R.L. Stine’s young adult book series Fear Street was the “grown up” Goosebumps. Books about teens for teens, which allowed for slightly more suggestive horror content. If Goosebumps was a G, Fear Street was a hard-PG. Leigh Janiak’s Fear Street: 1994, the first in a trilogy of adaptations for Netflix, is firmly R-rated.
I was a Goosebumps obsessive as a kid. I wanted to join the Goosebumps fan club (a real thing), in which I would receive a book every month and updates on all new things Goosebumps. Alas, the club was defunct by the time I signed up—it probably had been for years, considering Stine concluded writing the original series of books when I was three. Fear Street, on the other hand, completely Continue reading Fear Street Part One: 1994 (2021) Movie Review→
Director Tim Hunter is perhaps best known for the crime drama River’s Edge starring Keanu Reeves. He has since directed the occasional feature, but most of his work is done on television programs. Fittingly, his Smiley Face Killers has the appearance of a teen drama show (like Riverdale or Scream: The TV Series, two shows Hunter has worked on).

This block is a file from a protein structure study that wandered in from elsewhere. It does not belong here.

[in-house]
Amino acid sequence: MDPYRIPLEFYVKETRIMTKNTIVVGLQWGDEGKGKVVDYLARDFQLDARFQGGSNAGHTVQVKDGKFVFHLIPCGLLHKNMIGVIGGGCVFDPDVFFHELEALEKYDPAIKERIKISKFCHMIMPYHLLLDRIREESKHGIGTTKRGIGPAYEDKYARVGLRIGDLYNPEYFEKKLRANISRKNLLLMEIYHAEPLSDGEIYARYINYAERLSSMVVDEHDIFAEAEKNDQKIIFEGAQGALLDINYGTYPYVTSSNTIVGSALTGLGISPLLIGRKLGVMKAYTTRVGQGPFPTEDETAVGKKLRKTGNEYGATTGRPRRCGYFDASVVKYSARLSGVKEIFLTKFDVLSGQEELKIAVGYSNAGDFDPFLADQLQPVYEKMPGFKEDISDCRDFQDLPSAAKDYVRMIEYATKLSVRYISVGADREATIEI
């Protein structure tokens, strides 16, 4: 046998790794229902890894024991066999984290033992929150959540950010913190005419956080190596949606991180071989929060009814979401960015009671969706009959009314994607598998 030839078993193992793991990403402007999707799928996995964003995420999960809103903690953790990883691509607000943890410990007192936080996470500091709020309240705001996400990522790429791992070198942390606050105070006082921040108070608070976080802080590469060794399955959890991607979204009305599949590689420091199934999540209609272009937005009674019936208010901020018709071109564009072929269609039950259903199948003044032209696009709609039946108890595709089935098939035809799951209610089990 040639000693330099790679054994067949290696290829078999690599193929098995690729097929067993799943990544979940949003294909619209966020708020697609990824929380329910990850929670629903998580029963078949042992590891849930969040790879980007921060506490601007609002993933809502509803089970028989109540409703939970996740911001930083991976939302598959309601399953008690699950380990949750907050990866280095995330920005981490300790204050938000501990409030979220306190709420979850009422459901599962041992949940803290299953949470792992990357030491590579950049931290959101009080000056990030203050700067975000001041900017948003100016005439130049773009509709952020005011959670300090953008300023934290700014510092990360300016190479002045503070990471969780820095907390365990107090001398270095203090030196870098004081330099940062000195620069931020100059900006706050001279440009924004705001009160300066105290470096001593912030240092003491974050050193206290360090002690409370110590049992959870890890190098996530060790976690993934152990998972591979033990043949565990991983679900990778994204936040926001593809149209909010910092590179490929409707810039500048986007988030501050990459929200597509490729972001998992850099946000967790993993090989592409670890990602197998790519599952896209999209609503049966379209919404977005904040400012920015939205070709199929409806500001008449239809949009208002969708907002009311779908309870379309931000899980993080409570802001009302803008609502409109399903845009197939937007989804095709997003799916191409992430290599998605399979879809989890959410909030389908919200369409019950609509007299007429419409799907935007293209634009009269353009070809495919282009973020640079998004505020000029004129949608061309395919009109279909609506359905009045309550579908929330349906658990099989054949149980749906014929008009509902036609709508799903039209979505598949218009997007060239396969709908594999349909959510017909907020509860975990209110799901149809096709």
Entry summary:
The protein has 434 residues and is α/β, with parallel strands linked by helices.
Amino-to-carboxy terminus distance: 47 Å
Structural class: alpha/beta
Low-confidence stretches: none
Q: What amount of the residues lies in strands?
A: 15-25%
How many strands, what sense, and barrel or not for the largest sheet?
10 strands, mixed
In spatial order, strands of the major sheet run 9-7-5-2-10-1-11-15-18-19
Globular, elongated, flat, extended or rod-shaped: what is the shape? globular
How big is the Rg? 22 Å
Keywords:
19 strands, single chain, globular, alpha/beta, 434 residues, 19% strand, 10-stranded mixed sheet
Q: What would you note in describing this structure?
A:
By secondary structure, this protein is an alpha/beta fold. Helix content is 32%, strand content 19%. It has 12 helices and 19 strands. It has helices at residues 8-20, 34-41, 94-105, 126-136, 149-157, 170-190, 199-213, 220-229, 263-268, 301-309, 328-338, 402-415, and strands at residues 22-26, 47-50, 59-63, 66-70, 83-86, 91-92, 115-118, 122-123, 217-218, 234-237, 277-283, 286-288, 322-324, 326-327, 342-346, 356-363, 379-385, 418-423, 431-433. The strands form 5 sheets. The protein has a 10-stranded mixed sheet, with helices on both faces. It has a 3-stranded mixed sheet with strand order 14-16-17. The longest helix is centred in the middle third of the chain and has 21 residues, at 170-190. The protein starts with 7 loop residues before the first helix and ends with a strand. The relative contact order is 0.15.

I don’t say this disparagingly; it is simply an apparent feature. The young actors are lit and shot like they are models in an advertisement. Soft focus accentuates them in the frame. Soft, high key lighting highlights their features. At one point, a major character strips down and takes a shower, and the camera lingers on Continue reading Smiley Face Killers (2020) Movie Review→
May (Brea Grant), the protagonist of Lucky, suffers the condescending disinterest of the police, reductionist head-shrinking of social workers, and emotional manipulation and gaslighting of her partner (Dhruv Uday Singh). Oh, and she also gets attacked by a masked man every night of her life.
Lucky, written by Grant and directed by Natasha Kermani, is a lean (perhaps too lean) horror satire that imagines society’s patriarchy, microaggressions, and trauma as a surreal nightmare cycling again and again with no end in sight. As far as “social horror” goes, it’s a pretty perfect premise.